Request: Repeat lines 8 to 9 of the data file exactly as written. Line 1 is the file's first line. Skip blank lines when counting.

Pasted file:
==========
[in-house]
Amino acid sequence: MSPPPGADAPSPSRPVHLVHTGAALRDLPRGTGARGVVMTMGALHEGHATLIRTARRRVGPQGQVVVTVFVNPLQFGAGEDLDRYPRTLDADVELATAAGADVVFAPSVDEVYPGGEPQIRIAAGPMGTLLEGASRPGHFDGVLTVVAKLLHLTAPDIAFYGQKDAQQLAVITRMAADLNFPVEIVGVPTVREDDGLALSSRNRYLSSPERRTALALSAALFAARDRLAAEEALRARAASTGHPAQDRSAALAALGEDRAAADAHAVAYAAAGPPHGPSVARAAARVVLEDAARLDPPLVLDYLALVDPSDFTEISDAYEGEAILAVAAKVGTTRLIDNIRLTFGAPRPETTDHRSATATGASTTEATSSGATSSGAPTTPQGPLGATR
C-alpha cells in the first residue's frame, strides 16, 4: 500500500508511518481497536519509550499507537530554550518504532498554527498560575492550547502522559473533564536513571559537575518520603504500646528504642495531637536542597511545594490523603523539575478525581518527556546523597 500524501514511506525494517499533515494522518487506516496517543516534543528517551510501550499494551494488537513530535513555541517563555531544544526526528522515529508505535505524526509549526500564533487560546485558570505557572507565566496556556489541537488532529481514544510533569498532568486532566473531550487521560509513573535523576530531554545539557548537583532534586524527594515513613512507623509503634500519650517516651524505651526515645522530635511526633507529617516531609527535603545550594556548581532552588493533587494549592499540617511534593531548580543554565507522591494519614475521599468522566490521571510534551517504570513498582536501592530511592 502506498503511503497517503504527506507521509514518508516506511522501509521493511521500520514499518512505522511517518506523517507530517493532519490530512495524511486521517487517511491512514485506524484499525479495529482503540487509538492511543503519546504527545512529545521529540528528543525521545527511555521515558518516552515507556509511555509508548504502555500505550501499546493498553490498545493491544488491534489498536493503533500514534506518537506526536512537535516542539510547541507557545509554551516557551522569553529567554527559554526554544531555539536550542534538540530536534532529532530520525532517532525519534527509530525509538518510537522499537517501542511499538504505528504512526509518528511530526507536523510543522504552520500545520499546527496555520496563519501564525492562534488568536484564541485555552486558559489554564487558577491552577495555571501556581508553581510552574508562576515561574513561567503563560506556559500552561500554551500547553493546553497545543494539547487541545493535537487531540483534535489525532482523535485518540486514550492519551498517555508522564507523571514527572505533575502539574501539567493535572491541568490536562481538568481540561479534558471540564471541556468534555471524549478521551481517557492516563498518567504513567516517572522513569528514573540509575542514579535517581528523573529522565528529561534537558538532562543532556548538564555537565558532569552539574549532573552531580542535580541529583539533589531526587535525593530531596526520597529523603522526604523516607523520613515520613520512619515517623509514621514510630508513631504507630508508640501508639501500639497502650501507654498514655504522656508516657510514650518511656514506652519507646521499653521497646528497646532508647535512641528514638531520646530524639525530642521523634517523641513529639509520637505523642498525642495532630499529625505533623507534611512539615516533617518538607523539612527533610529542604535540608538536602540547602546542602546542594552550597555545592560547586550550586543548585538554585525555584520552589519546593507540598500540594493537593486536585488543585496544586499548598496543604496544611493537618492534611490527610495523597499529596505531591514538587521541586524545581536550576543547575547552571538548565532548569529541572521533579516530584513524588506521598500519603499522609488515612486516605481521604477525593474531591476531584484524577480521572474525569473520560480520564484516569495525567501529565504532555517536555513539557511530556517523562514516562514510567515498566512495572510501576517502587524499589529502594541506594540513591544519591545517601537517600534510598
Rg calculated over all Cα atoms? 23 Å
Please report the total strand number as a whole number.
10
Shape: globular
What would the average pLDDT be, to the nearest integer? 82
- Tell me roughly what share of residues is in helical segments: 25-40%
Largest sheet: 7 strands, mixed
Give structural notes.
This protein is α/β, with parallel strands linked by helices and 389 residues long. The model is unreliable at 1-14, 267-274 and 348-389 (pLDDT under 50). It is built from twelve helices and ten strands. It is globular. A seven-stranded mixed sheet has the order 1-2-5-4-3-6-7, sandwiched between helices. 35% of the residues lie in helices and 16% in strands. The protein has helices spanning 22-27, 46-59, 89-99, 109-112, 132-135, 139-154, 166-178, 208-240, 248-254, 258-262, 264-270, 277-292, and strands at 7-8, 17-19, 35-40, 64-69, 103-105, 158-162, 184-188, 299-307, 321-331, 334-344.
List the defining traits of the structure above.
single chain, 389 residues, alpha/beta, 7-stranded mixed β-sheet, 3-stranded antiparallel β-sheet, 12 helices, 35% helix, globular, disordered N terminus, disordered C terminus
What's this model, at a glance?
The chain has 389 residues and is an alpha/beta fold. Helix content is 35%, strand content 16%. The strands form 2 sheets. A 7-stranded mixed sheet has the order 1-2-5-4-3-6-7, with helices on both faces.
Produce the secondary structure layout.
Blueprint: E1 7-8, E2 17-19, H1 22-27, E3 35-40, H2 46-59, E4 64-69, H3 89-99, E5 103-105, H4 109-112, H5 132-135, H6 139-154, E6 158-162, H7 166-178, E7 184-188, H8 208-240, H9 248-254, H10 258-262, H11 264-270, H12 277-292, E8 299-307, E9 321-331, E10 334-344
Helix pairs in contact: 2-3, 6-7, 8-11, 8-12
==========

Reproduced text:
What would the average pLDDT be, to the nearest integer? 82
- Tell me roughly what share of residues is in helical segments: 25-40%